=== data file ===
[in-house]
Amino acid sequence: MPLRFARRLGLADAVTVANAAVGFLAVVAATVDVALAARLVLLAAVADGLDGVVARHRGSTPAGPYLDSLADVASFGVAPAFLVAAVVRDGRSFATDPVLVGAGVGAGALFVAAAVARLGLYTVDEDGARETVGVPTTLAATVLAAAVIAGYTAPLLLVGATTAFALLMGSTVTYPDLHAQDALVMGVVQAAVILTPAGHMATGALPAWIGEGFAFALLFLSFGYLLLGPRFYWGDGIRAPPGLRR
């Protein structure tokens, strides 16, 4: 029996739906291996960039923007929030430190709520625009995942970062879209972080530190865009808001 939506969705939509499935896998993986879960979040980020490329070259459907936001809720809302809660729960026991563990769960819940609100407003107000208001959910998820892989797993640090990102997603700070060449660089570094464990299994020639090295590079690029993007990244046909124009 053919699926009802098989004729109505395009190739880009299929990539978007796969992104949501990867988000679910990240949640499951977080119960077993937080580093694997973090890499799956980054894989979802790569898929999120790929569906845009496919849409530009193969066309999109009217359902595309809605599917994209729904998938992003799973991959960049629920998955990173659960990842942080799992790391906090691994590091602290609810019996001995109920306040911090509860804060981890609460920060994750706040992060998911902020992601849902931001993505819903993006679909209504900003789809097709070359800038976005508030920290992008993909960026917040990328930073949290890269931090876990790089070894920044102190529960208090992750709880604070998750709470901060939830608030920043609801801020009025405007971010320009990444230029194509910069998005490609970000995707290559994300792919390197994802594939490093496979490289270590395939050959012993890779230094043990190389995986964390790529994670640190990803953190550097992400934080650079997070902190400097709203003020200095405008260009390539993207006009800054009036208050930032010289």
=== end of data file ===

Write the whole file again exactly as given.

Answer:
[in-house]
Amino acid sequence: MPLRFARRLGLADAVTVANAAVGFLAVVAATVDVALAARLVLLAAVADGLDGVVARHRGSTPAGPYLDSLADVASFGVAPAFLVAAVVRDGRSFATDPVLVGAGVGAGALFVAAAVARLGLYTVDEDGARETVGVPTTLAATVLAAAVIAGYTAPLLLVGATTAFALLMGSTVTYPDLHAQDALVMGVVQAAVILTPAGHMATGALPAWIGEGFAFALLFLSFGYLLLGPRFYWGDGIRAPPGLRR
């Protein structure tokens, strides 16, 4: 029996739906291996960039923007929030430190709520625009995942970062879209972080530190865009808001 939506969705939509499935896998993986879960979040980020490329070259459907936001809720809302809660729960026991563990769960819940609100407003107000208001959910998820892989797993640090990102997603700070060449660089570094464990299994020639090295590079690029993007990244046909124009 053919699926009802098989004729109505395009190739880009299929990539978007796969992104949501990867988000679910990240949640499951977080119960077993937080580093694997973090890499799956980054894989979802790569898929999120790929569906845009496919849409530009193969066309999109009217359902595309809605599917994209729904998938992003799973991959960049629920998955990173659960990842942080799992790391906090691994590091602290609810019996001995109920306040911090509860804060981890609460920060994750706040992060998911902020992601849902931001993505819903993006679909209504900003789809097709070359800038976005508030920290992008993909960026917040990328930073949290890269931090876990790089070894920044102190529960208090992750709880604070998750709470901060939830608030920043609801801020009025405007971010320009990444230029194509910069998005490609970000995707290559994300792919390197994802594939490093496979490289270590395939050959012993890779230094043990190389995986964390790529994670640190990803953190550097992400934080650079997070902190400097709203003020200095405008260009390539993207006009800054009036208050930032010289």